THE Anti-Corruption Commission (ACC) will not appeal against the acquittal of former Republican President Rupiah Banda in a Nigerian oil deal for which his immunity from prosecution was removed.

The decision by ACC to abandon its intentions to appeal against the acquittal of the former head of State means that former president Banda is now a free citizen although the debate about his immunity being restored is still going on.

Speaking during the Commission’s 2015 end of year media briefing in Lusaka yesterday, ACC public relations manager Timothy Moono said the commission had resolved to discontinue its intentions with the appeal case after consultations with the National Prosecution Authority (NPA).

Mr. Moono disclosed that the Commission had closed the case involving Mpundu Trust, a real estate company owned by former First Lady, Thandiwe Banda.

He said the closure of the court case was as a result of difficulties in obtaining information from international boundaries.

“We will not appeal against the former President, as we were advised not to by the NPA, So that case has been closed,” he said.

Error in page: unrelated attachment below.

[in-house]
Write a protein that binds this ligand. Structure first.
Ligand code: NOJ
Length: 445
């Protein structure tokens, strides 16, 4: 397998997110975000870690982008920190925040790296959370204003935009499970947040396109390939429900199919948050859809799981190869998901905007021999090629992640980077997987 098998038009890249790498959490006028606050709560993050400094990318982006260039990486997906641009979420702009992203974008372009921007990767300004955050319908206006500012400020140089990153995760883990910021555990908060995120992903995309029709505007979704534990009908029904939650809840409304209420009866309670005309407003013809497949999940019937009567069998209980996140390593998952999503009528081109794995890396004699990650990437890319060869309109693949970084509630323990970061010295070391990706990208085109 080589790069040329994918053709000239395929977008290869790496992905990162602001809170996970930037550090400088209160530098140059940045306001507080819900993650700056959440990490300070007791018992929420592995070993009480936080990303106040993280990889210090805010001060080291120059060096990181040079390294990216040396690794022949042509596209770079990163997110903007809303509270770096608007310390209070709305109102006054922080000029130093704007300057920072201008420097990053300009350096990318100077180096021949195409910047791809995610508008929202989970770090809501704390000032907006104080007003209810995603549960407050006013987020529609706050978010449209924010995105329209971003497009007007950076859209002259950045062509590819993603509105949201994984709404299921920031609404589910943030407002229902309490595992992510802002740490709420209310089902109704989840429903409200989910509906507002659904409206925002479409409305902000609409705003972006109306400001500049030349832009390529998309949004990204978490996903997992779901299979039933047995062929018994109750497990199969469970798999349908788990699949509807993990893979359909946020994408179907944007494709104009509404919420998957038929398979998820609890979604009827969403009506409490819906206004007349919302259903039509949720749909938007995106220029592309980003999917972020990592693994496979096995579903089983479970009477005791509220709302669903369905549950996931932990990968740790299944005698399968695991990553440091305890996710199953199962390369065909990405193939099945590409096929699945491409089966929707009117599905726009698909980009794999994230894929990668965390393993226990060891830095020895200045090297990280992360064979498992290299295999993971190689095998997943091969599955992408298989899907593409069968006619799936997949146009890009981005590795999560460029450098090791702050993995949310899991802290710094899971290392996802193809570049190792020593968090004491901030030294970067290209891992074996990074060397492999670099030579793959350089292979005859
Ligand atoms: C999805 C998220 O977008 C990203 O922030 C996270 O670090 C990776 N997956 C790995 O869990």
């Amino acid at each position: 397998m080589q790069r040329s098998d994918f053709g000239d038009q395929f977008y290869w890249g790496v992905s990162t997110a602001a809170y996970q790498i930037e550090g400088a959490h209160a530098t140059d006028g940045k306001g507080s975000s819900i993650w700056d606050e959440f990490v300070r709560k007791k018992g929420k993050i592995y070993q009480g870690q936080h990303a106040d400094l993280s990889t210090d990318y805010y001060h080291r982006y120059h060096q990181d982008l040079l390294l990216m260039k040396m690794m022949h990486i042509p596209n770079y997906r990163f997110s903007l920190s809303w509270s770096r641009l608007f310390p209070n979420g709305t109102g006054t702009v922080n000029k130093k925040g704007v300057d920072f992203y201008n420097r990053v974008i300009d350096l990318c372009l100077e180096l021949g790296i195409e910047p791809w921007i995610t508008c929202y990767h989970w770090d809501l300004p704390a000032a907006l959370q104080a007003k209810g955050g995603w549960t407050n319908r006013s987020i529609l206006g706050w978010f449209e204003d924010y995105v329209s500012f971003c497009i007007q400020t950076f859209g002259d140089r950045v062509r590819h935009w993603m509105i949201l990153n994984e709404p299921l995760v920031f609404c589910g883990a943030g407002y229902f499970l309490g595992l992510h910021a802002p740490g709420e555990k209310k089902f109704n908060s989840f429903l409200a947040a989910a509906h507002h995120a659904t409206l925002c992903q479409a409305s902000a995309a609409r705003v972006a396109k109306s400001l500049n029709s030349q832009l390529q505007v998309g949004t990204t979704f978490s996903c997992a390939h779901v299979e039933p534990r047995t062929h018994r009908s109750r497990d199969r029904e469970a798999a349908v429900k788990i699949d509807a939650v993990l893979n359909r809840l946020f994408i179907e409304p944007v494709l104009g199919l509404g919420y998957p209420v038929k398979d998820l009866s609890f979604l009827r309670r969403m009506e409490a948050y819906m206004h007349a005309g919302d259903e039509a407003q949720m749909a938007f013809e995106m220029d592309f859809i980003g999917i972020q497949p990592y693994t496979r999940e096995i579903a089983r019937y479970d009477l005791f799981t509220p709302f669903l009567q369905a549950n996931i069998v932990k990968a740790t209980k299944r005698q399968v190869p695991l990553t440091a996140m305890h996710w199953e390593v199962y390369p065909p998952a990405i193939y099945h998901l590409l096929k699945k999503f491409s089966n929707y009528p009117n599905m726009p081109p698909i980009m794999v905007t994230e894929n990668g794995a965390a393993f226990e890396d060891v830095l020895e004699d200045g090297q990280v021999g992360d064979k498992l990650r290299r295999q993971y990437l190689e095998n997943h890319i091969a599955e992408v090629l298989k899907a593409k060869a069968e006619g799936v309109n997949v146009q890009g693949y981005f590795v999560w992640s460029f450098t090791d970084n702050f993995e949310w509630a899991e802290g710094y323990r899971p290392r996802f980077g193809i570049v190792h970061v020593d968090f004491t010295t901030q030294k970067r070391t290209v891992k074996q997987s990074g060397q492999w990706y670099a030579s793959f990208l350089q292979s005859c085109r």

The former president was in June last year, acquitted of the charge of abuse of authority of office in an oil deal involving a Nigerian company.

This followed allegations that between May 1, 2008 and September 24, 2011, Mr. Banda abused the authority of his office by allegedly procuring a Nigerian government-to-government oil contract in the name of the Republic of Zambia but did not benefit the Zambian people.

But in his Judgement, Principal Magistrate Joshua Banda adopted the submission by the defence of no case to answer, a verdict the ACC sought to appeal against.

Mr. Moono further indicated that the Commission was still carrying out investigations at the Ministry of General Education regarding the awarding of a contract to foreign publishing houses to print text books.

Meanwhile, Mr. Moono observed that in 2015, the Commission received 1,645 reports of suspected corruption.

He said this showed a decrease of 600 reports from 2,245 received in 2014.

“This reduction demonstrates intensified anti-corruption efforts where the public have been empowered with knowledge on what constitutes corruption,” he said.

Mr. Moono reiterated that the Commission would continue to effectively implement strategies and programmes aimed at squarely tackling the corruption scourge in the country.

He commended President Edgar Lungu for his effort in the fight against corruption; by pronouncing that his government reaffirmed it’s committed to zero tolerance to corruption at opening of the Fifth Session of the Eleventh National Assembly.

He said such high-level political pronouncements gave the anti-corruption fight the required vigour it deserved to combat corruption.

“The president took a huge step in the fight against corruption, he clearly stated that he will not shield anyone found wanting in the government’s anti-corruption drive, which is really commendable.

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